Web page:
Facebook Finally Ready To Launch WhatsApp In India


Facebook is reportedly close to launching its WhatsApp payments service in India.

The service has been in beta mode in India since early 2018 for a million users, but the nationwide debut has been delayed due mainly to government regulations.  Sources told Bloomberg that Facebook recently completed an audit that required it to show that all data involved in payments will be stored on servers only in India. The report will soon be submitted for approval to India’s banking regulator, the Reserve Bank of India.

WhatsApp will face tough competition in India. Amazon is going after the market with Amazon Pay UPI for Android, while Google Pay already counts 45 million Indians as customers and Apple Pay also has plans to enter the market. At the same time, Paytm, the local digital payment company that has the backing of Alibaba, the Chinese eCommerce giant, is the leader in the market.

But WhatsApp has an estimated user base in India more than 300 million at its disposal, which means it can win over market share from rivals and change the industry, according to Arnav Gupta, an analyst who tracks digital payments at Forrester Research.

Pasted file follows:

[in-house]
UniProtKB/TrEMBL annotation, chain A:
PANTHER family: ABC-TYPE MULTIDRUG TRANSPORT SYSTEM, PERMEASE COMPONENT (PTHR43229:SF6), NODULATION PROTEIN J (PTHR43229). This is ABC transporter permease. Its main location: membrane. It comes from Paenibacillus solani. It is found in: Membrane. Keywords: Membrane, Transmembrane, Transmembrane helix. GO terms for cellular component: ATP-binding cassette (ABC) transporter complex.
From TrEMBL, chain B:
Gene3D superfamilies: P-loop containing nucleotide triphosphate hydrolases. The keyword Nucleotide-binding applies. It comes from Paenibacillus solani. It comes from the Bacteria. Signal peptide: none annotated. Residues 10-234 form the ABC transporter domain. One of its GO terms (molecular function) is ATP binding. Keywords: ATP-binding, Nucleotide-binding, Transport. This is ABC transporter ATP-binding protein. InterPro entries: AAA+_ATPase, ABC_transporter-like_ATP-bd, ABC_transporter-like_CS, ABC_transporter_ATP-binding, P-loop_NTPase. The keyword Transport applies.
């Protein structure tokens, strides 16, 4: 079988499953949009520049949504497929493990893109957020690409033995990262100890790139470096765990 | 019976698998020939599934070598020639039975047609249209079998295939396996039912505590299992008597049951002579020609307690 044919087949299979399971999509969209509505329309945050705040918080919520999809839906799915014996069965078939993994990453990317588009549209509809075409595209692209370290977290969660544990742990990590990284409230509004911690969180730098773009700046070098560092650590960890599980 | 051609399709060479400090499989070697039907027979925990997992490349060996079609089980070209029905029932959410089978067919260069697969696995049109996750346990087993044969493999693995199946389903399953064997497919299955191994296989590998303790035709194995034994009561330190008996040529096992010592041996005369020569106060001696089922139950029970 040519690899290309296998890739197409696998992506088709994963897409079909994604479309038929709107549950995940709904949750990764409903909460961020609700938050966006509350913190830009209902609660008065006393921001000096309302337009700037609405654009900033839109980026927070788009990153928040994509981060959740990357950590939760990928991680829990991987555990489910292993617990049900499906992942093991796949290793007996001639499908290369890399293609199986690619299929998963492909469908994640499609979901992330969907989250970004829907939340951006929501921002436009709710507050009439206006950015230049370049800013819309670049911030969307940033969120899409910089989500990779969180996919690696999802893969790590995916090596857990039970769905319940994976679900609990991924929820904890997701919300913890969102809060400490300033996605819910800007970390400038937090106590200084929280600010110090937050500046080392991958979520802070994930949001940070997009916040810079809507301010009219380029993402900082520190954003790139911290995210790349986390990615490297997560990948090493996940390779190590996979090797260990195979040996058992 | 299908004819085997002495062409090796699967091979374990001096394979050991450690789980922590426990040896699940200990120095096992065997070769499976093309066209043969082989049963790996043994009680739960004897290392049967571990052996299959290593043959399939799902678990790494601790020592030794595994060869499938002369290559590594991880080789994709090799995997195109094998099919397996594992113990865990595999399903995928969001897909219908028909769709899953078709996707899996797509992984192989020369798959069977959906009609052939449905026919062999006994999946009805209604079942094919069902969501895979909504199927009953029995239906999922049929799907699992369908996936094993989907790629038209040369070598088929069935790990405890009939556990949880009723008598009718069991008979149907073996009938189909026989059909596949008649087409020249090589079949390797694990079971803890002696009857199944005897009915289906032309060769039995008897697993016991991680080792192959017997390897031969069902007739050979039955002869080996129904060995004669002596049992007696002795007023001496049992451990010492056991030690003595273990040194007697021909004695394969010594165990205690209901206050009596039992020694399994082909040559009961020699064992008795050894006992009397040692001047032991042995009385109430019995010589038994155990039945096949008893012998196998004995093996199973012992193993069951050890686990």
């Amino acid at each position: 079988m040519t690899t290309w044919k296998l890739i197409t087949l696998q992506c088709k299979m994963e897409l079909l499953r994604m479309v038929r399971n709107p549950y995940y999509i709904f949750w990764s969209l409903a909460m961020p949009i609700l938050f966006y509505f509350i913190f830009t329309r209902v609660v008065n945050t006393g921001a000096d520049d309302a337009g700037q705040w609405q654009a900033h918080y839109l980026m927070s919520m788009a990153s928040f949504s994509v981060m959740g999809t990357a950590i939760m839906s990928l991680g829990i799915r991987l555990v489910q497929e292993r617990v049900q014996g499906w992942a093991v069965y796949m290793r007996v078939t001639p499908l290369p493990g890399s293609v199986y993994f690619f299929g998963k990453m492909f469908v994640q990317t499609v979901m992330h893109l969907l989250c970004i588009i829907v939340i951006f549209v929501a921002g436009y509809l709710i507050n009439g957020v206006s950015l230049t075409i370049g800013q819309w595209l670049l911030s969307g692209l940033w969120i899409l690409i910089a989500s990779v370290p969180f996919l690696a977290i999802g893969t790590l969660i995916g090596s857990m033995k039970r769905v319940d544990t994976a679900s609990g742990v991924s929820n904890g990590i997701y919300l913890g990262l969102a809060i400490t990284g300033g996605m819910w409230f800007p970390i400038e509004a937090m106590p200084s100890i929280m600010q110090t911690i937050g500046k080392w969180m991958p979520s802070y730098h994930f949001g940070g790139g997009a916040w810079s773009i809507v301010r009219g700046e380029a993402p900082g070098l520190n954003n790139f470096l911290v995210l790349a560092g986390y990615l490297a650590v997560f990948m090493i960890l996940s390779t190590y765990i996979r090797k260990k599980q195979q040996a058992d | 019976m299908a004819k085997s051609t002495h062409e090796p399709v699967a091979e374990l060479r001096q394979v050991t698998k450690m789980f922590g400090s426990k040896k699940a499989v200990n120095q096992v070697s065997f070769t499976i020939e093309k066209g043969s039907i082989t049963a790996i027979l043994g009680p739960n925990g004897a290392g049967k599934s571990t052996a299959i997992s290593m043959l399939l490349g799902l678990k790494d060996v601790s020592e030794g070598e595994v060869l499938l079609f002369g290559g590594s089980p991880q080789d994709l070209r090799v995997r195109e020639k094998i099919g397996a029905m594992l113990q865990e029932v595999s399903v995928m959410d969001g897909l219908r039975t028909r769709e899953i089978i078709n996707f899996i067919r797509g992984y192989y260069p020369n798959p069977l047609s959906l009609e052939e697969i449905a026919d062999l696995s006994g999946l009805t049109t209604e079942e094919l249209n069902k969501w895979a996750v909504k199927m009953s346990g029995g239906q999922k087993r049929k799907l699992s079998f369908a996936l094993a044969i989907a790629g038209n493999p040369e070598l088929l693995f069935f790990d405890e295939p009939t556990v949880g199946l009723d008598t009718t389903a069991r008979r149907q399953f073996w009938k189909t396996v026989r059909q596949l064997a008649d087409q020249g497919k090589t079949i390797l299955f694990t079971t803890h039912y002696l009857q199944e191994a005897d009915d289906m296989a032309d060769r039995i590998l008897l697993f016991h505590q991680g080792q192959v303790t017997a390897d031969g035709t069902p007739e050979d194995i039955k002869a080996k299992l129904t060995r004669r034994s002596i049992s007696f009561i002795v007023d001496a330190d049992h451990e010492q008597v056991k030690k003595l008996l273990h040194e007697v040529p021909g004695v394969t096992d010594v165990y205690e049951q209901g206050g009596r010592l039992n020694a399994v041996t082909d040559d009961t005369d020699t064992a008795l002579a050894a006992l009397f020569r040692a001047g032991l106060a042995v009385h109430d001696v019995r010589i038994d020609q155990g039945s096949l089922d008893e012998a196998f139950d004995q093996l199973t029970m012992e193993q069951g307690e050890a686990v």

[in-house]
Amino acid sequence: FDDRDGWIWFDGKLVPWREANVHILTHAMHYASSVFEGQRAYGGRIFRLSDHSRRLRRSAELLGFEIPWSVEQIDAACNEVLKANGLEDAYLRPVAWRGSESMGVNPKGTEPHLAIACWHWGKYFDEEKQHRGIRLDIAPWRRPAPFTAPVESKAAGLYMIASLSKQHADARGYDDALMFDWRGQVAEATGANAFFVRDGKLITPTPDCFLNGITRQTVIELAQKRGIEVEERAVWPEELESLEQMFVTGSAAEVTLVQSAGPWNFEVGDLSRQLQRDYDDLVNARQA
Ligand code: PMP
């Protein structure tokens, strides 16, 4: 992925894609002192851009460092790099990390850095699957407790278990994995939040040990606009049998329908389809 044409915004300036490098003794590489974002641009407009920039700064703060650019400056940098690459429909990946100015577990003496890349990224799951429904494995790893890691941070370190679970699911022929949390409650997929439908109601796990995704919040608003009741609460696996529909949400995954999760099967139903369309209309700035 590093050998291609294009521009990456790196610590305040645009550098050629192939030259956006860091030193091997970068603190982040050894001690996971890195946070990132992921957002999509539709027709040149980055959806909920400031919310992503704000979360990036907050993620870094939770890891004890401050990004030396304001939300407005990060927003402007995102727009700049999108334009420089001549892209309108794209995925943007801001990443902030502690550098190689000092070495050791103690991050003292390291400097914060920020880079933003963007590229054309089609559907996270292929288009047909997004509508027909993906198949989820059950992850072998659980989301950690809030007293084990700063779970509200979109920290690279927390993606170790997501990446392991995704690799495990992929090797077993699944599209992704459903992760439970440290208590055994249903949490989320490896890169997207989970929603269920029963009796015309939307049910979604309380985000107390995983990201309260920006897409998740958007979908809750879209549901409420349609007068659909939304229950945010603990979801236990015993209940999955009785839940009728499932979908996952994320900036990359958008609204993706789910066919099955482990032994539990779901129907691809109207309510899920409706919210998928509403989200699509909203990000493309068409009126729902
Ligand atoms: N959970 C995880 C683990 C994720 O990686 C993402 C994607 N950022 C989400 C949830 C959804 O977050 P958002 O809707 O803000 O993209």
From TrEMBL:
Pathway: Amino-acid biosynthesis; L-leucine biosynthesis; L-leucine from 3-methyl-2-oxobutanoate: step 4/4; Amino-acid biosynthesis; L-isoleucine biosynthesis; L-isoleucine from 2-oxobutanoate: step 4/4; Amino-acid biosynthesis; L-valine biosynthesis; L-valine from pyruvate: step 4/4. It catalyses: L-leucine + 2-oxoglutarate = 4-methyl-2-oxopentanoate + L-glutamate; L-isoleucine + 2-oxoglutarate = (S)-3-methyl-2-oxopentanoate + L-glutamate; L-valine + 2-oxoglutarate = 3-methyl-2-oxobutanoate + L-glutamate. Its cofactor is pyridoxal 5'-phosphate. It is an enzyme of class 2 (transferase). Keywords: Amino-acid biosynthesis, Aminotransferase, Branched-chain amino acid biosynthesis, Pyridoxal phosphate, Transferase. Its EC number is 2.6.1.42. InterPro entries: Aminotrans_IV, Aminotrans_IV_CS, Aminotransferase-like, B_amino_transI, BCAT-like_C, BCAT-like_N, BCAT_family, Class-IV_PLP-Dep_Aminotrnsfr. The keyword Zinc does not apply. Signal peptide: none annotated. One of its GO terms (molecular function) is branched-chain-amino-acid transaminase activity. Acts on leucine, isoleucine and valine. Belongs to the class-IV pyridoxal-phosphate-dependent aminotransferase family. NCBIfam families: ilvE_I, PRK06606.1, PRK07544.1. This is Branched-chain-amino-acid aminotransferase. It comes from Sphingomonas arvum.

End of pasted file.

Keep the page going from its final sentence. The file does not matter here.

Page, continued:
“Everybody from eight to 80 years old in India are clued into WhatsApp, giving it phenomenal reach,” Gupta told Bloomberg. “Besides, peer-to-peer businesses like MakeMyTrip and BookMyShow, which are already using WhatsApp, will find it very easy to route payment transactions through the messaging app.”

WhatsApp declined to comment on the audit. “WhatsApp looks forward to providing WhatsApp Payments based on the UPI standard to all users in India and we continue to work with our local partners towards a shared goal of supporting a more Digital India,” spokesman Carl Woog said in an email.

Despite its popularity, WhatsApp has also faced criticism in India, with its messaging service used to spread fake news and rumors, including some that led to almost two dozen lynchings in the country.



The pressure on banks to modernize their payments capabilities to support initiatives such as ISO 20022 and instant/real time payments has been exacerbated by the emergence of COVID-19 and the compelling need to quickly scale operations due to the rapid growth of contactless payments, and subsequent increase in digitization. Given this new normal, the need for agility and optimization across the payments processing value chain is imperative.